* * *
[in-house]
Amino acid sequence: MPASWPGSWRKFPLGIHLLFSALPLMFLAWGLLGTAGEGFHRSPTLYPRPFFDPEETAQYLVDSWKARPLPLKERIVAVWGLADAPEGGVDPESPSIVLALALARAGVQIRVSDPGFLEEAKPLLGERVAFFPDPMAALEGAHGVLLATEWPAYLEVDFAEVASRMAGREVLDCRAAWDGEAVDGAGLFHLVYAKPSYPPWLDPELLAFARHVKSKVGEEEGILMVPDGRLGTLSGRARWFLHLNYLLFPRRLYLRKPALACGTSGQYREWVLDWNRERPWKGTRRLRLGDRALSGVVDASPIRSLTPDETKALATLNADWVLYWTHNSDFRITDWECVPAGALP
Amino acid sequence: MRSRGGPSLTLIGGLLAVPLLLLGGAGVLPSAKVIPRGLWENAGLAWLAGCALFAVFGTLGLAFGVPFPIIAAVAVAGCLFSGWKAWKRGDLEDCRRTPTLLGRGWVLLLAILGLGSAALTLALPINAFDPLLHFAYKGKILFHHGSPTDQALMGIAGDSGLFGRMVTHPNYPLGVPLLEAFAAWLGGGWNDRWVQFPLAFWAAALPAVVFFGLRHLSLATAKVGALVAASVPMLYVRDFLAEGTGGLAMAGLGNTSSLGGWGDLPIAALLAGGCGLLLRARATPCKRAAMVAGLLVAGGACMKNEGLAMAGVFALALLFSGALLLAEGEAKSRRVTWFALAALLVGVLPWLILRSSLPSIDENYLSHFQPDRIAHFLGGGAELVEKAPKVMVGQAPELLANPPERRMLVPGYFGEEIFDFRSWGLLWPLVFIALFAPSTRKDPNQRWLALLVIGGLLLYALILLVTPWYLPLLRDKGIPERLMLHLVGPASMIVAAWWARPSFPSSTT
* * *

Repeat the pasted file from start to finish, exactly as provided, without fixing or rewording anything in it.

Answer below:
[in-house]
Amino acid sequence: MPASWPGSWRKFPLGIHLLFSALPLMFLAWGLLGTAGEGFHRSPTLYPRPFFDPEETAQYLVDSWKARPLPLKERIVAVWGLADAPEGGVDPESPSIVLALALARAGVQIRVSDPGFLEEAKPLLGERVAFFPDPMAALEGAHGVLLATEWPAYLEVDFAEVASRMAGREVLDCRAAWDGEAVDGAGLFHLVYAKPSYPPWLDPELLAFARHVKSKVGEEEGILMVPDGRLGTLSGRARWFLHLNYLLFPRRLYLRKPALACGTSGQYREWVLDWNRERPWKGTRRLRLGDRALSGVVDASPIRSLTPDETKALATLNADWVLYWTHNSDFRITDWECVPAGALP
Amino acid sequence: MRSRGGPSLTLIGGLLAVPLLLLGGAGVLPSAKVIPRGLWENAGLAWLAGCALFAVFGTLGLAFGVPFPIIAAVAVAGCLFSGWKAWKRGDLEDCRRTPTLLGRGWVLLLAILGLGSAALTLALPINAFDPLLHFAYKGKILFHHGSPTDQALMGIAGDSGLFGRMVTHPNYPLGVPLLEAFAAWLGGGWNDRWVQFPLAFWAAALPAVVFFGLRHLSLATAKVGALVAASVPMLYVRDFLAEGTGGLAMAGLGNTSSLGGWGDLPIAALLAGGCGLLLRARATPCKRAAMVAGLLVAGGACMKNEGLAMAGVFALALLFSGALLLAEGEAKSRRVTWFALAALLVGVLPWLILRSSLPSIDENYLSHFQPDRIAHFLGGGAELVEKAPKVMVGQAPELLANPPERRMLVPGYFGEEIFDFRSWGLLWPLVFIALFAPSTRKDPNQRWLALLVIGGLLLYALILLVTPWYLPLLRDKGIPERLMLHLVGPASMIVAAWWARPSFPSSTT